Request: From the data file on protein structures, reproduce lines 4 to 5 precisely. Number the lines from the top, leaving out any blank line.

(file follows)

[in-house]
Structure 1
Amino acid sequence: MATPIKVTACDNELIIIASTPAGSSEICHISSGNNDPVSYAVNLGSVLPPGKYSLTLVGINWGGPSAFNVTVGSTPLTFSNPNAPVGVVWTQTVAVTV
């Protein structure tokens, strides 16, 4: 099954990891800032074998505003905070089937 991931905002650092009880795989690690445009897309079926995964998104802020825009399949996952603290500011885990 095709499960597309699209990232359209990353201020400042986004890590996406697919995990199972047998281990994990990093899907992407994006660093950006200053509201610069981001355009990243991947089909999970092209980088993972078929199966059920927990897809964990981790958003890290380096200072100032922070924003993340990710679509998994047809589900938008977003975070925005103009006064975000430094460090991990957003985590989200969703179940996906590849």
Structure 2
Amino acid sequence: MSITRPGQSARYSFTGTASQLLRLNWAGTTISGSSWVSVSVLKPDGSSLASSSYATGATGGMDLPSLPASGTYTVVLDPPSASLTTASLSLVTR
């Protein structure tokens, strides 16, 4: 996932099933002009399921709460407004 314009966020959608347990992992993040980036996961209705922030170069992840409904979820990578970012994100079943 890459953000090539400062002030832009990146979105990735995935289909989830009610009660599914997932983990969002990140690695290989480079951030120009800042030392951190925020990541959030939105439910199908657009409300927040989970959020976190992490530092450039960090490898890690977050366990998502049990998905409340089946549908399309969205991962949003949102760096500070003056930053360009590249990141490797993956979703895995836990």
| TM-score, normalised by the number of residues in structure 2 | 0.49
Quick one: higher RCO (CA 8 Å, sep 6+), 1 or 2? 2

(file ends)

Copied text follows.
């Protein structure tokens, strides 16, 4: 099954990891800032074998505003905070089937 991931905002650092009880795989690690445009897309079926995964998104802020825009399949996952603290500011885990 095709499960597309699209990232359209990353201020400042986004890590996406697919995990199972047998281990994990990093899907992407994006660093950006200053509201610069981001355009990243991947089909999970092209980088993972078929199966059920927990897809964990981790958003890290380096200072100032922070924003993340990710679509998994047809589900938008977003975070925005103009006064975000430094460090991990957003985590989200969703179940996906590849």
Structure 2